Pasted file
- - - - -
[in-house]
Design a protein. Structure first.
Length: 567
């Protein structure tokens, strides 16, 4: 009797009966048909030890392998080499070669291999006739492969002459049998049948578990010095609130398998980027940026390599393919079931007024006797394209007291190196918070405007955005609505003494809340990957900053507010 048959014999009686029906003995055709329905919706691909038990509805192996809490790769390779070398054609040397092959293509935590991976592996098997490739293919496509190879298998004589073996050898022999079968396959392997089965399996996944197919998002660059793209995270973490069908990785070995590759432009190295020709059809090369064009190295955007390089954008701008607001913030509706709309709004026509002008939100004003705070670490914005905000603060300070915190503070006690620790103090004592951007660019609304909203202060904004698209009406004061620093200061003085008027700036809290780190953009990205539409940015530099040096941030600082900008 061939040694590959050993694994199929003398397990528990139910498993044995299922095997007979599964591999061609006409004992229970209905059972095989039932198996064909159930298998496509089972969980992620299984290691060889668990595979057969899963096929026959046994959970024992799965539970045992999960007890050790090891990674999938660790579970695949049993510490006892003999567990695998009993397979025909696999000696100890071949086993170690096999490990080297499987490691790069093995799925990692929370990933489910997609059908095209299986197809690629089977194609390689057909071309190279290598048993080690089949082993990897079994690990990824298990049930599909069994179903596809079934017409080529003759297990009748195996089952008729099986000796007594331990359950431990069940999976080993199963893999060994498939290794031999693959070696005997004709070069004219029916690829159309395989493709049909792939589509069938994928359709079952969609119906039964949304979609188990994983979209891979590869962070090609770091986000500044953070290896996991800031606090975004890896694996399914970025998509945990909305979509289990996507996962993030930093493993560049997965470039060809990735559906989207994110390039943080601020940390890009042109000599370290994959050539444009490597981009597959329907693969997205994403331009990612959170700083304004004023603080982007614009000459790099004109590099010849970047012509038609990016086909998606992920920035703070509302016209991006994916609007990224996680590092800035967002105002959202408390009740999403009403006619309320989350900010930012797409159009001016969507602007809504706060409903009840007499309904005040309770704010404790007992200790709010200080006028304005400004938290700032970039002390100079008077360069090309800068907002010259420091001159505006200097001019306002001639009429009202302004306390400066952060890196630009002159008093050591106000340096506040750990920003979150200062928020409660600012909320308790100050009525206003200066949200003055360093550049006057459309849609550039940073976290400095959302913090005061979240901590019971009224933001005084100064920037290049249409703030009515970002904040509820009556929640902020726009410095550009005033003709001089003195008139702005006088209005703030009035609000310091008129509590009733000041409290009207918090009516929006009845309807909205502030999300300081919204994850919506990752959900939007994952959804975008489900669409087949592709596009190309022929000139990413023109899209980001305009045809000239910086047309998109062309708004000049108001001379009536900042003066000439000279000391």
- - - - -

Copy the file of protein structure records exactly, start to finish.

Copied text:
[in-house]
Design a protein. Structure first.
Length: 567
């Protein structure tokens, strides 16, 4: 009797009966048909030890392998080499070669291999006739492969002459049998049948578990010095609130398998980027940026390599393919079931007024006797394209007291190196918070405007955005609505003494809340990957900053507010 048959014999009686029906003995055709329905919706691909038990509805192996809490790769390779070398054609040397092959293509935590991976592996098997490739293919496509190879298998004589073996050898022999079968396959392997089965399996996944197919998002660059793209995270973490069908990785070995590759432009190295020709059809090369064009190295955007390089954008701008607001913030509706709309709004026509002008939100004003705070670490914005905000603060300070915190503070006690620790103090004592951007660019609304909203202060904004698209009406004061620093200061003085008027700036809290780190953009990205539409940015530099040096941030600082900008 061939040694590959050993694994199929003398397990528990139910498993044995299922095997007979599964591999061609006409004992229970209905059972095989039932198996064909159930298998496509089972969980992620299984290691060889668990595979057969899963096929026959046994959970024992799965539970045992999960007890050790090891990674999938660790579970695949049993510490006892003999567990695998009993397979025909696999000696100890071949086993170690096999490990080297499987490691790069093995799925990692929370990933489910997609059908095209299986197809690629089977194609390689057909071309190279290598048993080690089949082993990897079994690990990824298990049930599909069994179903596809079934017409080529003759297990009748195996089952008729099986000796007594331990359950431990069940999976080993199963893999060994498939290794031999693959070696005997004709070069004219029916690829159309395989493709049909792939589509069938994928359709079952969609119906039964949304979609188990994983979209891979590869962070090609770091986000500044953070290896996991800031606090975004890896694996399914970025998509945990909305979509289990996507996962993030930093493993560049997965470039060809990735559906989207994110390039943080601020940390890009042109000599370290994959050539444009490597981009597959329907693969997205994403331009990612959170700083304004004023603080982007614009000459790099004109590099010849970047012509038609990016086909998606992920920035703070509302016209991006994916609007990224996680590092800035967002105002959202408390009740999403009403006619309320989350900010930012797409159009001016969507602007809504706060409903009840007499309904005040309770704010404790007992200790709010200080006028304005400004938290700032970039002390100079008077360069090309800068907002010259420091001159505006200097001019306002001639009429009202302004306390400066952060890196630009002159008093050591106000340096506040750990920003979150200062928020409660600012909320308790100050009525206003200066949200003055360093550049006057459309849609550039940073976290400095959302913090005061979240901590019971009224933001005084100064920037290049249409703030009515970002904040509820009556929640902020726009410095550009005033003709001089003195008139702005006088209005703030009035609000310091008129509590009733000041409290009207918090009516929006009845309807909205502030999300300081919204994850919506990752959900939007994952959804975008489900669409087949592709596009190309022929000139990413023109899209980001305009045809000239910086047309998109062309708004000049108001001379009536900042003066000439000279000391």